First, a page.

Real Estate

Hometown lenders’ national expansion collided with rising rates.

In bankruptcy court, the Huntsville, Alabama-based mortgage lender says it plans to repay creditors by claiming more than $20 million in tax credits and $1 million from warehouse creditors.

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A non-bank mortgage lender that landed in bankruptcy court as its national expansion plans ran into rising mortgage rates says it can now repay its borrowers by claiming more than $20 million in tax credits and $1 Plans to pay back the million. Claims that this warehouse is owed by creditors.

Hometown Lenders – based in Huntsville, Alabama – also did business as First Family Mortgage. Filed for Chapter 11 bankruptcy protection. on June 3, seeking relief from creditors while it implements their repayment plan.

in this movementAs of April 30, the lender was settling $107 million in claims from tax authorities, former employees, warehouse creditors and general unsecured creditors, attorneys for the Hometown creditors said.

Hometown Creditors’ plan to pay its creditors includes a $22 million Economic Recovery Credit (ERC) claim with the Internal Revenue Service that, if approved, would “provide a large fund from which Both priority and general unsecured creditors can be paid.”

Hometown Lenders is also suing two of its largest warehouse lenders — Flagstar Bank and First Horizon Bank — saying they have funds “that rightfully belong to it.”

According to Hometown Creditor List 40 Largest Unsecured CreditorsFlagstar Bank, in turn, claims it is owed $20.1 million, while First Horizon claims it is owed $3.5 million.

National expansion collided with rising rates.

Organized in 2000, Hometown Lenders “quickly became the largest mortgage banker in Alabama,” according to a Declaration filed by CEO William “Billy” Taylor, Jr.

After expanding to serve borrowers nationwide in 2018, Hometown Lenders had grown to more than 1,400 employees working in 120 offices in 46 states by 2021, Taylor said.

Hometown Lenders continued to expand, opening 18 new branches in 2022, most of them in the first half of the year.

At the same time, the Federal Reserve launched 11 rate hikes that pushed short-term interest rates to their highest levels since 2001.

After mortgage rates, and Taylor said Hometown Lenders saw loan production fall from 1,500 loans per month in Q1 2022 to less than 100 by mid-2023, forcing the company to lay off 1,000 workers.

Hometown lenders were not only making fewer loans, Taylor said, but that resulted in more mortgages being required to be repurchased because investors “were not willing to buy those mortgages at the current rate or were unable to,” Taylor said.

By the end of June 2023, Hometown Lenders had cut nearly 400 workers from fewer than 40 offices. As mortgage rates continue to climb to post-pandemic highs in the fall of 2023, Hometown Lenders closed its doors on Oct. 13 and laid off its remaining employees.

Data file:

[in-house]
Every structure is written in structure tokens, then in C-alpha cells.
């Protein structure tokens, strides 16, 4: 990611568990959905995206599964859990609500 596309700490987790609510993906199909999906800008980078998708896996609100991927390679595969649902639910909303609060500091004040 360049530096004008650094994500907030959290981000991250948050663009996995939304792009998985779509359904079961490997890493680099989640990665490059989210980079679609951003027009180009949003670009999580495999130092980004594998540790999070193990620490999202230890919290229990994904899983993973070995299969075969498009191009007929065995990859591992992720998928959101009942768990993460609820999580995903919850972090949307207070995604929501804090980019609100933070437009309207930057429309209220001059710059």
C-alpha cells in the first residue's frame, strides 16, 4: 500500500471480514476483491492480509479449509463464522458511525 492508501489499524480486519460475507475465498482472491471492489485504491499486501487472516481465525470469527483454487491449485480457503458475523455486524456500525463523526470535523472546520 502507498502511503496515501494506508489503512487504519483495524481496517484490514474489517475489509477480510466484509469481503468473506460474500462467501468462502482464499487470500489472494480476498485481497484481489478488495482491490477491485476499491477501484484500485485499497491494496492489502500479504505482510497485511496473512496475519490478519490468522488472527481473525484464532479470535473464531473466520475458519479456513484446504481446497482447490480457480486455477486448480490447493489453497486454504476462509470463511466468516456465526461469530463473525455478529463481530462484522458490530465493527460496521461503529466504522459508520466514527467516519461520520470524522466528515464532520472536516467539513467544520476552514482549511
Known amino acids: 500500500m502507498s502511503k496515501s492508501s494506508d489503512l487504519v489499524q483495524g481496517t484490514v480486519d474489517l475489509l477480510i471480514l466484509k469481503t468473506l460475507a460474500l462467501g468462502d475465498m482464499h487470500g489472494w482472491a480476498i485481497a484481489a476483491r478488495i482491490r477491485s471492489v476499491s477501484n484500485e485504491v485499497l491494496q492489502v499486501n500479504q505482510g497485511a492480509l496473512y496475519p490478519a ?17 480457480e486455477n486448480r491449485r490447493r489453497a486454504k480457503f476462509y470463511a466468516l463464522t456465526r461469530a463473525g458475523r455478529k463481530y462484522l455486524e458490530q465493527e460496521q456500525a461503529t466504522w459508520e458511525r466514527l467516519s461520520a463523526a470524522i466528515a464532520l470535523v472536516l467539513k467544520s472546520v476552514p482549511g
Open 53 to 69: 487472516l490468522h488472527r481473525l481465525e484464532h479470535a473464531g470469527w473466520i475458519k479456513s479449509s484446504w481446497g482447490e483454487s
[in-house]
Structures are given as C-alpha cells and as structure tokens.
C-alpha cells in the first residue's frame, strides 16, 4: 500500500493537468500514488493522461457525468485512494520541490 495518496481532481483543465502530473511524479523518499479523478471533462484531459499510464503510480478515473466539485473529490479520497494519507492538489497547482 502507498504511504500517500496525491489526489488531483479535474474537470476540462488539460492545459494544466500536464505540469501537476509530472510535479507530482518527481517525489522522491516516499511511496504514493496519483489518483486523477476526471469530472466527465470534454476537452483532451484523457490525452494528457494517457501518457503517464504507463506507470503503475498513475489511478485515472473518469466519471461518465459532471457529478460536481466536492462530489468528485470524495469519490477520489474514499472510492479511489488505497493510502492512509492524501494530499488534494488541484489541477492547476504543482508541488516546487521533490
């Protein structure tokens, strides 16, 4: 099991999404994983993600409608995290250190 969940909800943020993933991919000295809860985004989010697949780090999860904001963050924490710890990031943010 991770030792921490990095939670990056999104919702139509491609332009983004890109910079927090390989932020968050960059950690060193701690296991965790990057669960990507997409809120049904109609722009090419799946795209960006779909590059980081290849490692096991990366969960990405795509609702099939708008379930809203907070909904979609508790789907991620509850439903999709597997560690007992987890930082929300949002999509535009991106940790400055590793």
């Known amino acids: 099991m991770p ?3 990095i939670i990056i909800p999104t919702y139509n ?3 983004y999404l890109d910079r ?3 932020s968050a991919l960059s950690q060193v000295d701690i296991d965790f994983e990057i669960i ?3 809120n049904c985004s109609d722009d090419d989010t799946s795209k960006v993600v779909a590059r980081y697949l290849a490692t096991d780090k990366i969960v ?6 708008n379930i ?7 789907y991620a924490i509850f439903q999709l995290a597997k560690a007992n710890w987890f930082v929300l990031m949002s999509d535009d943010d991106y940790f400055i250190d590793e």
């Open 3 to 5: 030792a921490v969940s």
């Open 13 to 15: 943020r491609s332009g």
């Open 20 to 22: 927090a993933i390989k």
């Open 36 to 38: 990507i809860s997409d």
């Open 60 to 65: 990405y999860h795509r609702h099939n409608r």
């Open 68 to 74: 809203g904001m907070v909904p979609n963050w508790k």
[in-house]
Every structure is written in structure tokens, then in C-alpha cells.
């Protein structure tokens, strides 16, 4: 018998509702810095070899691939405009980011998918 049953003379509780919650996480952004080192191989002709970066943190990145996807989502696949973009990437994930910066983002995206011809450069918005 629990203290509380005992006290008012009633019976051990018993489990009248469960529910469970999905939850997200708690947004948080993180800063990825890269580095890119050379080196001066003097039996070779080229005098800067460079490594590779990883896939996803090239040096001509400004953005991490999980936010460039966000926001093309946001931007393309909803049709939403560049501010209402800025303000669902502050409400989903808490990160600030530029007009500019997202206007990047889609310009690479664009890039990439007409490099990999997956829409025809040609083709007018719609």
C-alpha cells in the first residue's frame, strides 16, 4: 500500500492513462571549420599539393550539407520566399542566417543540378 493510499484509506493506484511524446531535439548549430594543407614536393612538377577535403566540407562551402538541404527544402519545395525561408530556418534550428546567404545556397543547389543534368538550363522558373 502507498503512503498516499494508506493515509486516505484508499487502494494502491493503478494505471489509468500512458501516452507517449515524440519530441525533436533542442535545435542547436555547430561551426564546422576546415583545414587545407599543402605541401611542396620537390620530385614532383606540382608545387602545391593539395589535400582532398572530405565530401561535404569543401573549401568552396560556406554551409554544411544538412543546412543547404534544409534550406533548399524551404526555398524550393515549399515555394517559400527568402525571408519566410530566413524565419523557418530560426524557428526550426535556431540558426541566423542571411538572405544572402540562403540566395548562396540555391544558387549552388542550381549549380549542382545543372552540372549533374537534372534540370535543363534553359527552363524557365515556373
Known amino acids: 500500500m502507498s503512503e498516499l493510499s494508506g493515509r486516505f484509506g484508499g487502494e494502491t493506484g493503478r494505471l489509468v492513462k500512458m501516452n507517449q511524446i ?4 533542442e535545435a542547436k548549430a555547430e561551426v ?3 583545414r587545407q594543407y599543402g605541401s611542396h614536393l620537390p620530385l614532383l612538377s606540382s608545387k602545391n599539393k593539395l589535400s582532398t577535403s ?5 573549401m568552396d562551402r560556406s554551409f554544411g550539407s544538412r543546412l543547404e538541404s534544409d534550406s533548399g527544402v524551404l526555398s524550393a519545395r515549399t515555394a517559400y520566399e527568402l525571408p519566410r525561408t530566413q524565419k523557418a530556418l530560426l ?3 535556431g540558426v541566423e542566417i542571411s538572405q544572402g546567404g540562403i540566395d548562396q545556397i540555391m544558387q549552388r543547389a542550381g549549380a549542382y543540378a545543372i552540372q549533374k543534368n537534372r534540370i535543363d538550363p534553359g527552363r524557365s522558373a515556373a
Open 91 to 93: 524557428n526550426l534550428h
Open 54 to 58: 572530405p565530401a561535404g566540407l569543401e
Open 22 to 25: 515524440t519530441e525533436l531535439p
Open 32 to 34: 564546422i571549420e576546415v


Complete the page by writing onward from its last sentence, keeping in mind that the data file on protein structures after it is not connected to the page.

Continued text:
Disputes with warehouse lenders

As an independent, non-bank mortgage lender, Hometown Lenders relied on warehouse lenders to finance the loans it originated and sold to investors such as Fannie Mae and Freddie Mac. Before doing

Hometown Lenders’ primary warehouse lenders were Flagstar Bank, which provided a $60 million revolving line of credit, and a $45 million line of credit from First Horizon Bank. Hometown Lenders also had smaller lines from Georgia Banking Corporation, Norpoint Bank and Southern States.

Taylor said he believed that once all of the loans originated by Hometown Lenders were sold to investors, all of Flagstar’s and First Horizon’s loans were repaid, leaving the company “in these banks.” There should be a surplus of funds.”

Although Hometown Creditors is no longer operating, he said the company expects to file “a number of actions” it believes will “generate funds to satisfy the legitimate claims of preferred and general unsecured creditors.” will be sufficient to pay.”

In addition to Flagstar and First Horizon’s claims, Heath Quick – whose LinkedIn profile Hometown identifies him as the owner of the creditors – he has an unsecured claim of $7 million. Conrad ThompsonA former 1st Family Mortgage Loan originator is currently Nations Lending Corp. , with a claim of $5 million.

Other large unsecured creditors include Freddie Mac ($3.4 million), the IRS ($943,000) and a long list of vendors including ICE Mortgage Technology ($617,000), Rapidscale ($541,000), Certified Credit ($475,000), Equifax Solutions ($475,000), Simplex Solutions ($475,000). 0000, including Simplex Workforce ($475,000). ($400,000) and Black Knight ($289,000).

A meeting of creditors is scheduled for July 9 at the U.S. Bankruptcy Court for North Alabama in Decatur. Creditors have until Sept. 9 to oppose Hometown Creditors’ request to discharge their debt in bankruptcy.

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